Bob McCarty is the author of Three Days In August (Oct ’11) and THE CLAPPER MEMO (May ’13). To learn more about either book or to place an order, click on the graphic above.

House Intelligence Committee Chairman’s Conflict of Interest Slows Benghazi Investigation

Like so many people, I’ve wondered why members of the Republican-controlled U.S. House of Representatives have dragged their feet so long on investigating the Benghazi debacle.  Now Dick Morris offers the answer:  House Intelligence Committee Chairman Mike Rogers (R-Mich.) is to blame!  Watch the video!

In a just-released video, Morris reports that Rogers has been dragging his feet on the matter, because his wife, Kristi Clemens Rogers, was president and CEO of Aegis, L.L.C., the company that had the security contract at the time the U.S. Consulate in Benghazi was attacked.

Shocked?  Don’t be!  This isn’t the first time the Michigan congressman has been accused of acting in ways that would benefit his wife.  TechDirt reported on another issue less than a year ago under the headline, Oh Look, Rep. Mike Rogers Wife Stands To Benefit Greatly From CISPA Passing….

And does anyone think it’s a coincidence that the House Intelligence Committee chairman is giving up his seat for a job in talk radio after his current term ends?  I’m not!

SEE ALSO:  Dots Connect Bradley Manning, Benghazi, Afghanistan and Nation’s Top Intelligence Official.

Bob McCarty is the author of Three Days In August (Oct '11) and THE CLAPPER MEMO (May '13). To learn more about either book or to place an order, click on the graphic above.

Bob McCarty is the author of Three Days In August (Oct ’11) and THE CLAPPER MEMO (May ’13). To learn more about either book or to place an order, click on the graphic above.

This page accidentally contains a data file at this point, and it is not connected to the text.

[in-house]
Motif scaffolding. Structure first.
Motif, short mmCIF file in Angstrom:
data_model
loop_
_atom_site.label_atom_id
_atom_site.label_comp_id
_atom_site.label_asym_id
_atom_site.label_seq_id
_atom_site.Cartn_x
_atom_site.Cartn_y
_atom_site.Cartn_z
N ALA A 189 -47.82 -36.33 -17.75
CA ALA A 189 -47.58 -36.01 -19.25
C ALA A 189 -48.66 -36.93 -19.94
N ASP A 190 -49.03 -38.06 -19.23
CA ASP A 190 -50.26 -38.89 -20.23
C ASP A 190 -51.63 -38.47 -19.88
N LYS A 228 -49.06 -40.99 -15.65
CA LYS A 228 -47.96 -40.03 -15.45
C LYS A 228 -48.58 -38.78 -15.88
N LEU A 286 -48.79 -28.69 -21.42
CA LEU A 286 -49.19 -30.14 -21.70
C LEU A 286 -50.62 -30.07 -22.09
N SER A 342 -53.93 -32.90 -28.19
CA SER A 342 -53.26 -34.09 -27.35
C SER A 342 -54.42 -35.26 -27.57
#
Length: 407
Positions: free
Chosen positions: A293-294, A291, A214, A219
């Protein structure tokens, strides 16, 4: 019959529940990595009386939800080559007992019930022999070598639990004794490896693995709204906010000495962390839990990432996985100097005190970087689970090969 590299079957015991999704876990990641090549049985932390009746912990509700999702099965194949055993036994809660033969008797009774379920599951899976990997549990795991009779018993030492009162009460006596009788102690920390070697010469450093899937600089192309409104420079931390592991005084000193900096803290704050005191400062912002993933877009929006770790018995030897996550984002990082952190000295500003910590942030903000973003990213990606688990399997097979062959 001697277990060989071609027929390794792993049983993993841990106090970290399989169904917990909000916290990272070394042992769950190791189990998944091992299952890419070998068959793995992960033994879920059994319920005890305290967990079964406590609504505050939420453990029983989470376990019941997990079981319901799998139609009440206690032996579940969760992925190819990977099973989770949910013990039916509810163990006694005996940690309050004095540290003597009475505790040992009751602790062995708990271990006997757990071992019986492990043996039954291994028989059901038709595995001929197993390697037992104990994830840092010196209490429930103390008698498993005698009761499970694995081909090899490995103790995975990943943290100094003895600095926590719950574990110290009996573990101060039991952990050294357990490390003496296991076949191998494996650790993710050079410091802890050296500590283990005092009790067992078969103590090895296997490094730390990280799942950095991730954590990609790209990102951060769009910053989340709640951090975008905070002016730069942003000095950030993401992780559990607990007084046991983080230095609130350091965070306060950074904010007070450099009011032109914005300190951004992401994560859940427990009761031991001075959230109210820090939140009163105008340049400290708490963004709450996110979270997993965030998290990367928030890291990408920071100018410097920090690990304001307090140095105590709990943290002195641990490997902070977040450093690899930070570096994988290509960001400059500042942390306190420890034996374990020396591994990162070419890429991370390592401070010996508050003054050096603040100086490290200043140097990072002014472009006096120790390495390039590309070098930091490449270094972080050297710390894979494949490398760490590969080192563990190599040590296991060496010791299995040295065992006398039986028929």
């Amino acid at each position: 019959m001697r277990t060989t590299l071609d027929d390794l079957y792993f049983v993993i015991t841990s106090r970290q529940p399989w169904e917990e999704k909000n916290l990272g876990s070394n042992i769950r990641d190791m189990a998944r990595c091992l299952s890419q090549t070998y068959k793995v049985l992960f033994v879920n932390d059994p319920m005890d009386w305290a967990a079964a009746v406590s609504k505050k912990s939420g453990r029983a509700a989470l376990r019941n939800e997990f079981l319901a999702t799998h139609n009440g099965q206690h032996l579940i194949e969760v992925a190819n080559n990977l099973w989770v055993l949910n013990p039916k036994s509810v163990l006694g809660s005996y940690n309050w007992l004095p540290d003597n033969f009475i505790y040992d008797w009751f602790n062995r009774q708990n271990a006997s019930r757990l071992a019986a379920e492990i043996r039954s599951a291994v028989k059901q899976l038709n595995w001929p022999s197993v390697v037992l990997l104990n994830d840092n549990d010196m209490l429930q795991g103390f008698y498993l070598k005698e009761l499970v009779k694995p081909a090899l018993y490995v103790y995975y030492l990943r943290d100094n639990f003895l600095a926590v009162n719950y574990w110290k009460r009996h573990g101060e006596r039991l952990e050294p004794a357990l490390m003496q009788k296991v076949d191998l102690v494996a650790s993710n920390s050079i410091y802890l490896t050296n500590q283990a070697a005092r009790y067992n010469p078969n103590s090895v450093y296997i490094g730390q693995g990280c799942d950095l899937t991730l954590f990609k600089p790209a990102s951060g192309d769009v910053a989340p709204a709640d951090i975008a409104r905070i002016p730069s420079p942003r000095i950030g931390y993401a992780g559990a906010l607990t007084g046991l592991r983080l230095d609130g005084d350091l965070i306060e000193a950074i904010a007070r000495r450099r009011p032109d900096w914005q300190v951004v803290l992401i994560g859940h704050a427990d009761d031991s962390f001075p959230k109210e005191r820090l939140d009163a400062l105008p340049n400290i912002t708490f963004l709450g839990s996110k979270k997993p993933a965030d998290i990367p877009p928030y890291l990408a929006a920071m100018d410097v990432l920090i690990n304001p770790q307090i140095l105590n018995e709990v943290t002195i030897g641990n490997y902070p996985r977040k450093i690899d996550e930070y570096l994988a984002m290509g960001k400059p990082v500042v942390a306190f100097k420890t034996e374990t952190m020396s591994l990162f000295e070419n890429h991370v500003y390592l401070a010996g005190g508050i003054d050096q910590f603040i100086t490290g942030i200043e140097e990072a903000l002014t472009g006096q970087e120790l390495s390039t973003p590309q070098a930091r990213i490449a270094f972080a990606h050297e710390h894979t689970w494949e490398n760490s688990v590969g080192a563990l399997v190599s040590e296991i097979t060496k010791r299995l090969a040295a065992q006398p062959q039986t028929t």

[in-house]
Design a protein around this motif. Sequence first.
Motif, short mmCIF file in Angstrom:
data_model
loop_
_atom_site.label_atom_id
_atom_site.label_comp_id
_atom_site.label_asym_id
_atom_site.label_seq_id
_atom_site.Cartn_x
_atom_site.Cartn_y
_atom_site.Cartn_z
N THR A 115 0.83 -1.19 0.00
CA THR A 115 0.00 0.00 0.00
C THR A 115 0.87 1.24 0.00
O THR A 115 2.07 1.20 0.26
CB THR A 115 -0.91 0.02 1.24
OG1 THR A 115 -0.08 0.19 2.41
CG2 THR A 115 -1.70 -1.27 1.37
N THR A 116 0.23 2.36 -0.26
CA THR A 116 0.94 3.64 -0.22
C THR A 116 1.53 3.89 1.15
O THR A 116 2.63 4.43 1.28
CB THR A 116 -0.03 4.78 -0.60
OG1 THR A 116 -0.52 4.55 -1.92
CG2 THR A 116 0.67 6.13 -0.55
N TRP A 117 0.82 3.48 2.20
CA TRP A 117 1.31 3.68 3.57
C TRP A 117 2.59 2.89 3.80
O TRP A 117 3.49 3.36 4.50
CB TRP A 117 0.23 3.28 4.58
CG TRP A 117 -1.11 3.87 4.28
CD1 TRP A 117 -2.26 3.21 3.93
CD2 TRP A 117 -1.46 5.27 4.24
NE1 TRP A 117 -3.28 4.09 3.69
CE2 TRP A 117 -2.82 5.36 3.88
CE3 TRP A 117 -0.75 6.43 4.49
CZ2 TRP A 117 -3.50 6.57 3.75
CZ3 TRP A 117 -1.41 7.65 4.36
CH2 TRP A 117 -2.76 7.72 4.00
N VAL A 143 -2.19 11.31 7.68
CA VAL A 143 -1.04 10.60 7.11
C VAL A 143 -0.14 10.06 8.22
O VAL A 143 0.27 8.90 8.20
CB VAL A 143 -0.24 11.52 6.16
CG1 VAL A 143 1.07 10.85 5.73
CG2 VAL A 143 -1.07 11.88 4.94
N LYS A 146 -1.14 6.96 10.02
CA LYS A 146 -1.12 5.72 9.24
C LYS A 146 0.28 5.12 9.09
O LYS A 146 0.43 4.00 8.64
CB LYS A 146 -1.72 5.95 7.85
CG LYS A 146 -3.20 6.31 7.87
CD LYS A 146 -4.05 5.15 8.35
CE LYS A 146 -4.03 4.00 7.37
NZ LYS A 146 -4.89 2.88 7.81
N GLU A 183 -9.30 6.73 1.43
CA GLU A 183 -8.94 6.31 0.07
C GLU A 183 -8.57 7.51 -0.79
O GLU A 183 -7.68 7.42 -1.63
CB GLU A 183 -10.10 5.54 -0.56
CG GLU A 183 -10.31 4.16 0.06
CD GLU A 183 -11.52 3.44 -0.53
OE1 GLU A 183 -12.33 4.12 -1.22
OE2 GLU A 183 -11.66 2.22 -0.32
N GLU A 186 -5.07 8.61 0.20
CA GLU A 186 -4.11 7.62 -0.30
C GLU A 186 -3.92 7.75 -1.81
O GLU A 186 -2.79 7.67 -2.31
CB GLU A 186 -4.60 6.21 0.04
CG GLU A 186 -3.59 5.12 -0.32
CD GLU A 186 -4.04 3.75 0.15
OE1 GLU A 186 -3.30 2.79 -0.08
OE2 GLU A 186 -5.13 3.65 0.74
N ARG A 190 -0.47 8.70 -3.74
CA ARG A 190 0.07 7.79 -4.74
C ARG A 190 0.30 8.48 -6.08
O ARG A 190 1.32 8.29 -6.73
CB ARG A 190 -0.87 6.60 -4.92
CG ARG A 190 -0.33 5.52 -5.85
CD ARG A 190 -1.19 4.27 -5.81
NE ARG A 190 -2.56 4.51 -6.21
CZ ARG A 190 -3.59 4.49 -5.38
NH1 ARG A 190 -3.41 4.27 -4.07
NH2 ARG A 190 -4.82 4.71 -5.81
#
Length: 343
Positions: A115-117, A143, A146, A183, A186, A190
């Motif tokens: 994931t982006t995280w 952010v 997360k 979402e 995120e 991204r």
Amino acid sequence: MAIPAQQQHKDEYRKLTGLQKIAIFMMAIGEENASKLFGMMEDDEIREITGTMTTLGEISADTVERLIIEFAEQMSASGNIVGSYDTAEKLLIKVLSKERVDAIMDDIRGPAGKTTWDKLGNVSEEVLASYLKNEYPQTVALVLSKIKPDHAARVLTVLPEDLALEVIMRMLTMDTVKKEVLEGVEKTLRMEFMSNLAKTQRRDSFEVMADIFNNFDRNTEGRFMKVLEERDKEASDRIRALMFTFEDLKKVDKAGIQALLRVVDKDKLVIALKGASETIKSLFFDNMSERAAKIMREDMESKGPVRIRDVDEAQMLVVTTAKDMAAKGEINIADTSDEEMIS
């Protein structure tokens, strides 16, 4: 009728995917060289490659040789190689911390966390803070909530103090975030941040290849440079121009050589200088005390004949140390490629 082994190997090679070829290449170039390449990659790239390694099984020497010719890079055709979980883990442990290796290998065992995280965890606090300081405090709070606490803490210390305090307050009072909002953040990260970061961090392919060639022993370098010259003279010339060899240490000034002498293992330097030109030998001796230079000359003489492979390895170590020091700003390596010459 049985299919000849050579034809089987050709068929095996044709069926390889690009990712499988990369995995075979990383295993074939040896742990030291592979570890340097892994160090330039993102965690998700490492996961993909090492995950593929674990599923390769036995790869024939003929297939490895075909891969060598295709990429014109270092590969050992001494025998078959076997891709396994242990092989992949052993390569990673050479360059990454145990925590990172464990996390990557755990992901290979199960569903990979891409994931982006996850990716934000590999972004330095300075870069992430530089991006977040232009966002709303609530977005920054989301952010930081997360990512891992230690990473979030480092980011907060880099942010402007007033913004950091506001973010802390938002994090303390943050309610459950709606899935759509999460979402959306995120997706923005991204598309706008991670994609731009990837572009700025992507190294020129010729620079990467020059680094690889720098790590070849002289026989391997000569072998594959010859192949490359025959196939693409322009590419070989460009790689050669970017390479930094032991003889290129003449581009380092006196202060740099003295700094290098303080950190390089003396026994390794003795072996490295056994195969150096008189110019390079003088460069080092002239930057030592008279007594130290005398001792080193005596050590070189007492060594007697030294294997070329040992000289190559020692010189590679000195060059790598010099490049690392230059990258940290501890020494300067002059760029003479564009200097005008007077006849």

Author Needs Honest Answers From Speakers at Nation’s Largest Intelligence Gathering

Originally scheduled to take place six months ago but postponed due to the government shutdown, GEOINT 2013* Symposium is now set for April 14-17 in Tampa, Fla.  Touted as the largest intelligence event in the U.S., according to a news release issued by the United States Geospatial Intelligence Foundation, this event stands as a target-rich environment for someone like me who needs some honest answers from a handful of the event’s keynote speakers.

GeoInt_2013Atop the list of speakers from whom I’d like answers is Director of National Intelligence James R. Clapper Jr., the man whose name appears in the title of my second and most-recent nonfiction book, THE CLAPPER MEMO.  I’d like to ask DNI Clapper why, as Under Secretary of Defense for Intelligence seven years ago, he issued a memo declaring the polygraph the only authorized credibility assessment tool for use by Department of Defense personnel when a newer, more reliable and more effective credibility assessment technology was — and still is — available to U.S. military and intelligence personnel.

Second on my list is Defense Intelligence Agency Director Lt. Gen. Michael T. Flynn. I’d like to ask the Army three-star general why I’ve had to wait 632 days (so far) for DIA officials to fulfill my Freedom of Information Act request for unclassified information related to DoD purchases of portable polygraph equipment during the past 12 years.  Specifically, I asked for the following information in my request July 16, 2012: